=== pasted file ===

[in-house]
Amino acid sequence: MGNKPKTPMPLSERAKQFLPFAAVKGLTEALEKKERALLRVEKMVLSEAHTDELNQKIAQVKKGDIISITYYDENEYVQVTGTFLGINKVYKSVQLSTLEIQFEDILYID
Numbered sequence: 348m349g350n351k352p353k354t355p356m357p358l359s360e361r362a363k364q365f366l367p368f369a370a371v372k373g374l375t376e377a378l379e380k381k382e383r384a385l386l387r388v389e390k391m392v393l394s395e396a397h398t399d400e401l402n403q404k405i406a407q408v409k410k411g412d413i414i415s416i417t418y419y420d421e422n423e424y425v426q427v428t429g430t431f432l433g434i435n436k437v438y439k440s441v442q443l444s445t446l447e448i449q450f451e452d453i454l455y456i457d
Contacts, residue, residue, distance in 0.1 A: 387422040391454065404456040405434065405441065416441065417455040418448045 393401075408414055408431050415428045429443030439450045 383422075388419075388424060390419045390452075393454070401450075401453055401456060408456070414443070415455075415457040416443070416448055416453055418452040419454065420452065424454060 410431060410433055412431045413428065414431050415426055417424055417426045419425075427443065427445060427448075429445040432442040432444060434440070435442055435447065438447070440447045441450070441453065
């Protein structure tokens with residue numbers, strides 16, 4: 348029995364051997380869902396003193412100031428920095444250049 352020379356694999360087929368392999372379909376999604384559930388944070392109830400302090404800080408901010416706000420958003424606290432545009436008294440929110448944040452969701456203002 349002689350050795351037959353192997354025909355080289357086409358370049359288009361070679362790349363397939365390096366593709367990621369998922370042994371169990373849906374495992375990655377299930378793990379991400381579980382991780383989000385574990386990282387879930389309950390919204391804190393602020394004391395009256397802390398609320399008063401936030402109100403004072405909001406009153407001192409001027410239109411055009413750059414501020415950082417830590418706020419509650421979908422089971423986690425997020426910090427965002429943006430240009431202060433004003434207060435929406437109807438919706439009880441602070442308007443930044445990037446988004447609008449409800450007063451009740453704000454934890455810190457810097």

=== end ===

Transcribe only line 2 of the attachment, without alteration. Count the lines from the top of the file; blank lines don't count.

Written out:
Amino acid sequence: MGNKPKTPMPLSERAKQFLPFAAVKGLTEALEKKERALLRVEKMVLSEAHTDELNQKIAQVKKGDIISITYYDENEYVQVTGTFLGINKVYKSVQLSTLEIQFEDILYID